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A few hours ago, Xbox CEO Phil Spencer sent out a company-wide email to all full-time employees in Microsoft’s gaming divisions. A copy of the email was shared with Kotaku by a current Xbox employee, we have confirmed its authenticity, and the full text has been transcribed below:
This has been a difficult week for Microsoft and here on our teams. After many of the 1:1 and team meetings have taken place, I want to take a moment to reiterate the message you heard from your leaders.
This is a challenging moment in our business and this week’s actions have been painful decisions. The Gaming Leadership Team has had to make decisions that we believe have positioned us for the long-term success of our products and business, but the individual outcomes of those decisions are real. I know this hurts. Thank you for helping our colleagues process these changes.
In the coming weeks we will have many opportunities to network and answer your questions, including next week’s monthly gaming update for teams attending this meeting, and I’m in close contact with the teams at ZeniMax for support afford to. GLT and I are committed to being as transparent as possible. Moving forward with uncertainty is a challenge, but I am confident that together we will get through this difficult moment.
Xbox has a long history of success thanks to the work they do to serve gamers, developers, and each other. Your work is so valued and appreciated during these times of change and is an integral part of our business dynamic. I am confident in our future and proud to be part of this team, but I also recognize that this is a challenging time and I want to thank you for everything you are doing here.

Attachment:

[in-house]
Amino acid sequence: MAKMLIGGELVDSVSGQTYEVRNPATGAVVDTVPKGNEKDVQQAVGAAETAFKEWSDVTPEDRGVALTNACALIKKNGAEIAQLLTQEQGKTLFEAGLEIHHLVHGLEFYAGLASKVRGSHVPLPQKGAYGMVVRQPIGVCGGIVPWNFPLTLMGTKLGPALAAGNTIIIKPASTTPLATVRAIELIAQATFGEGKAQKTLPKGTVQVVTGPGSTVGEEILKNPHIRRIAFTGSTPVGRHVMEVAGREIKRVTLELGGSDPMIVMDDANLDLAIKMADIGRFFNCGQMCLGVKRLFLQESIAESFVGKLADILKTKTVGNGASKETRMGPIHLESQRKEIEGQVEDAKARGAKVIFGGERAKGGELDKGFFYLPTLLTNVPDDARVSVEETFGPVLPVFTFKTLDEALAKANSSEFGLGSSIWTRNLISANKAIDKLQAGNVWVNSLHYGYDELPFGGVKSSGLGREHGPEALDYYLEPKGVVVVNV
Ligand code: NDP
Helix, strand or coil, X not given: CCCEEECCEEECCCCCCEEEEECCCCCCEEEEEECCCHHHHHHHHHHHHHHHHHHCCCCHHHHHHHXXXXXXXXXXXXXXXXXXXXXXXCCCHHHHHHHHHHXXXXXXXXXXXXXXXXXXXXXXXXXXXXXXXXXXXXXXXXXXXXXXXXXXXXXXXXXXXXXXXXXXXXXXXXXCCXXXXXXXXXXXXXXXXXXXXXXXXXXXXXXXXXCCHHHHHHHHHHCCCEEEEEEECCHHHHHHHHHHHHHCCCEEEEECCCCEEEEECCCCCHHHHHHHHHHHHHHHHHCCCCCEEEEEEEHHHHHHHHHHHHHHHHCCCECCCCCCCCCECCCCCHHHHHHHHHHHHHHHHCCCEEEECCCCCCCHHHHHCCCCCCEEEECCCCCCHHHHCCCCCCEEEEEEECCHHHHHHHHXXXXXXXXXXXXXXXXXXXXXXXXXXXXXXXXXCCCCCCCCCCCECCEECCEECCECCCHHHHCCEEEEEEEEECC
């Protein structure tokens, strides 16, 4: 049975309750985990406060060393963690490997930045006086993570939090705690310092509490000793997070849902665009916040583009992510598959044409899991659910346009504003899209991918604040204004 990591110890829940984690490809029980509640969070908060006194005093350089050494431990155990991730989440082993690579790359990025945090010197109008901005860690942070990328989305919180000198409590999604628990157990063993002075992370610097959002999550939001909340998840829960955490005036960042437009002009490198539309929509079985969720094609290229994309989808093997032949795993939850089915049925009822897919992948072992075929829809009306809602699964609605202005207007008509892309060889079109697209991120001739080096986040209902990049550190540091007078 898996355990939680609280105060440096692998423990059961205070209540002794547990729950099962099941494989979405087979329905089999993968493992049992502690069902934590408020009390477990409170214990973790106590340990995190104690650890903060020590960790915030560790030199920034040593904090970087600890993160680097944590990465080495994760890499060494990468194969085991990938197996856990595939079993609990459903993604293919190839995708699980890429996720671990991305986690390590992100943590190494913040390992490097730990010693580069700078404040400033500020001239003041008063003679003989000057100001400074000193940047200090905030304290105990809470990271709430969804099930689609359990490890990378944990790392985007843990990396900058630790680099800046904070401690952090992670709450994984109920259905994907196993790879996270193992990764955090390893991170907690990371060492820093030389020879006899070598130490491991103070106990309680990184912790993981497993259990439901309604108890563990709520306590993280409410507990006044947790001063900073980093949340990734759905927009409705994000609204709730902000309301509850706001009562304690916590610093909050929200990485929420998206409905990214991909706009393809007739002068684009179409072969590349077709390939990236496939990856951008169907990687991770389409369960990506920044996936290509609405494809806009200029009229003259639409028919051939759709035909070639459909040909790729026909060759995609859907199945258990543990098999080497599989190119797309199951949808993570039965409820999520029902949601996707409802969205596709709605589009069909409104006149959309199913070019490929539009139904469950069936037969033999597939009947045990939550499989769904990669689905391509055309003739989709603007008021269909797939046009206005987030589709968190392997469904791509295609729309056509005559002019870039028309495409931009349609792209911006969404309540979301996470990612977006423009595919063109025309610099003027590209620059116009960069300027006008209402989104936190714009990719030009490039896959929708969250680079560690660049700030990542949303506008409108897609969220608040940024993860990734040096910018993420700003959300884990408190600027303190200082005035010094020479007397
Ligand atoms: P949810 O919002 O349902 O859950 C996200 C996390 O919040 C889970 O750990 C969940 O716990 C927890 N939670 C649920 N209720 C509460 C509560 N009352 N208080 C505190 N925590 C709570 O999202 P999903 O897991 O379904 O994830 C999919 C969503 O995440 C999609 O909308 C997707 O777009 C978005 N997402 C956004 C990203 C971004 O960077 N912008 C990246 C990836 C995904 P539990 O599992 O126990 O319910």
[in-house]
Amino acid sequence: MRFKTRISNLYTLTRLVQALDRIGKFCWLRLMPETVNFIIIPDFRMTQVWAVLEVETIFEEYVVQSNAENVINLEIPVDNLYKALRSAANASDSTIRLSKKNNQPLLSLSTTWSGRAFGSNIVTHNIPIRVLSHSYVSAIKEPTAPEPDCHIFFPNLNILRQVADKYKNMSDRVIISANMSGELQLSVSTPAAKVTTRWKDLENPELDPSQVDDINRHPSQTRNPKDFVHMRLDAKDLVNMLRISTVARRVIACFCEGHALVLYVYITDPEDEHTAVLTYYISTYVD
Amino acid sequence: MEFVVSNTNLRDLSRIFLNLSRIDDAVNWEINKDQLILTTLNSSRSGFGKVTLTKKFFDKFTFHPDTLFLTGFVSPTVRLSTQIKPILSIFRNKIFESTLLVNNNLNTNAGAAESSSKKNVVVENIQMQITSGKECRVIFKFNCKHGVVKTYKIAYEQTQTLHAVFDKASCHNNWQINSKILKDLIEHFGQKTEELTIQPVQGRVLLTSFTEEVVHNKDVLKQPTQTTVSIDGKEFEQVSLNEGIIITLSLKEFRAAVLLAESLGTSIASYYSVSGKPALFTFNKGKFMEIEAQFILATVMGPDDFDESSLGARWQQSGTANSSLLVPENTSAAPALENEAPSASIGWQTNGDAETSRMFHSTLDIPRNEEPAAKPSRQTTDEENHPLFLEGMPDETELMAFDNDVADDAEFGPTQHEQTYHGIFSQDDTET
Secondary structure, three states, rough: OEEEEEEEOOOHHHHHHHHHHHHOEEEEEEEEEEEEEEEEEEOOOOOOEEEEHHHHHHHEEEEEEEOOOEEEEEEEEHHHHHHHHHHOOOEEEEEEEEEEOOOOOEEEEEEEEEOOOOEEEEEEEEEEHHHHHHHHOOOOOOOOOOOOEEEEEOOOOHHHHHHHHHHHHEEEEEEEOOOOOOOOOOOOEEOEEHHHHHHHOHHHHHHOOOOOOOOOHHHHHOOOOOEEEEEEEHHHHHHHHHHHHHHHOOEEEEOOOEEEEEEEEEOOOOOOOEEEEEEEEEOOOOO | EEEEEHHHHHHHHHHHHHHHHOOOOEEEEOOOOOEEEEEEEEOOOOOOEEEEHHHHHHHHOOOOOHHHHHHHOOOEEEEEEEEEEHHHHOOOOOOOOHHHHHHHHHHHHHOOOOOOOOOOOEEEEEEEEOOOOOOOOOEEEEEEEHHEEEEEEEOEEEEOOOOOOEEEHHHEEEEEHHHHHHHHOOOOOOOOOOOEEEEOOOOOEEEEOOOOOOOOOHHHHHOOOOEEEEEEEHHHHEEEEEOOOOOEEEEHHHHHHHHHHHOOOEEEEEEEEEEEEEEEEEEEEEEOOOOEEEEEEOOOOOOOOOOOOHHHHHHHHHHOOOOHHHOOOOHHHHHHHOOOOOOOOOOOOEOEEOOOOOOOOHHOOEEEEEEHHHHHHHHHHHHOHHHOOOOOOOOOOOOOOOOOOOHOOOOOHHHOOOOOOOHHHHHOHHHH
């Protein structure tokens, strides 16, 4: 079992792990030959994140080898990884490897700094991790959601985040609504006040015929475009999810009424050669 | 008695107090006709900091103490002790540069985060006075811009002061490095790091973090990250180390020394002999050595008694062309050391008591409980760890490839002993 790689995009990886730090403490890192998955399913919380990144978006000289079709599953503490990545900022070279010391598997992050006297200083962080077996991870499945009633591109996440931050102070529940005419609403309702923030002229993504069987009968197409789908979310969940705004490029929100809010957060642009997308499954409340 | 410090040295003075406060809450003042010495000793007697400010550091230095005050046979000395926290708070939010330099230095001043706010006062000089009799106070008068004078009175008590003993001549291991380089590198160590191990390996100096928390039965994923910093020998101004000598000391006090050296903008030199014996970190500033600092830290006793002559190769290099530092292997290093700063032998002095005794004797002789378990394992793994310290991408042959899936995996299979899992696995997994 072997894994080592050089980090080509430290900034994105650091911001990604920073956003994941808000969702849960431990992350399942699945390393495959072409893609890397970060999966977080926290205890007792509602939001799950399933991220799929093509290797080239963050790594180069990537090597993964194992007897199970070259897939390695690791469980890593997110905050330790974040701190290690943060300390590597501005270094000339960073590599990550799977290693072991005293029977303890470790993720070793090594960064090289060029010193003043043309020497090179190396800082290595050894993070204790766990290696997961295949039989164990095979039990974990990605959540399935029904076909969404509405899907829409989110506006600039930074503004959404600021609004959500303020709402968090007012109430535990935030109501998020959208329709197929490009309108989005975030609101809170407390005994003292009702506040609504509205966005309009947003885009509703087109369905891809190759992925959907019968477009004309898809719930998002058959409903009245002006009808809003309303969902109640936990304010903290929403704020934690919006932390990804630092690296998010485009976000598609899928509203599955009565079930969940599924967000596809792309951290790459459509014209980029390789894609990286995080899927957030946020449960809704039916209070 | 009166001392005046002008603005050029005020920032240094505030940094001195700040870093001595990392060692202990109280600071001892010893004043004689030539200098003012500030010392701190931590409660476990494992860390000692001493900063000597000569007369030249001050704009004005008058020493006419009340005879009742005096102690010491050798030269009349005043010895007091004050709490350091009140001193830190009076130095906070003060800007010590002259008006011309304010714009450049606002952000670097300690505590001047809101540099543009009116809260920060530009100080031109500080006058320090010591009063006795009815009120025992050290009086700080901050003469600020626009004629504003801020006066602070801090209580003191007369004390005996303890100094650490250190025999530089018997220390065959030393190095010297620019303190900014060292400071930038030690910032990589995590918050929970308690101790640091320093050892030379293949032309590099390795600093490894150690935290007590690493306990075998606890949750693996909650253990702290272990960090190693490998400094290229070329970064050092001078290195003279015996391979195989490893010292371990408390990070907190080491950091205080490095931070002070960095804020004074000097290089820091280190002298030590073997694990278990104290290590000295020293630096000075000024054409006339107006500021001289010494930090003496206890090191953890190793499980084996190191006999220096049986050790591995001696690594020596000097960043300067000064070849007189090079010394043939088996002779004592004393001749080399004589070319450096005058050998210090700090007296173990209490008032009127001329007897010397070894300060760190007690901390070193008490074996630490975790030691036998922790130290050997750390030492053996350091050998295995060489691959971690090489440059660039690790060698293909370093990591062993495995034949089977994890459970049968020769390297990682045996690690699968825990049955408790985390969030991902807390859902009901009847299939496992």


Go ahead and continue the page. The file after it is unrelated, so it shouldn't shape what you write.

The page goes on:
On January 18, Microsoft laid off 10,000 employees across the company. These layoffs included game studios such as 343 Industries, The Coalition, ZeniMax Media, and Bethesda Game Studios. Xbox has struggled to release first-party titles over the past year and is under intense pressure to ship flashy blockbuster titles like Starfield. Some of the people who have lost their jobs are high-profile talent, a year after the publisher splurged on the loose change to buy Activision Blizzard for $70 billion. Kotaku has reached out to Microsoft for comment, but has received no response at the time of publication.
“It feels like something you’re sending out voluntarily,” a recent Xbox employee wrote to Kotaku via text. “I seriously doubt any of these monthly gaming updates or other meetings are going to do anything to make anyone feel better.”
The Tech Workers’ Union CODE-CWA make a statement on January 19 and stated that their representatives had been in contact with Microsoft. The company “recognizes its obligation to negotiate proposed layoffs of CWA members at ZeniMax.” The ZeniMax union wants to negotiate “alternatives to layoffs.”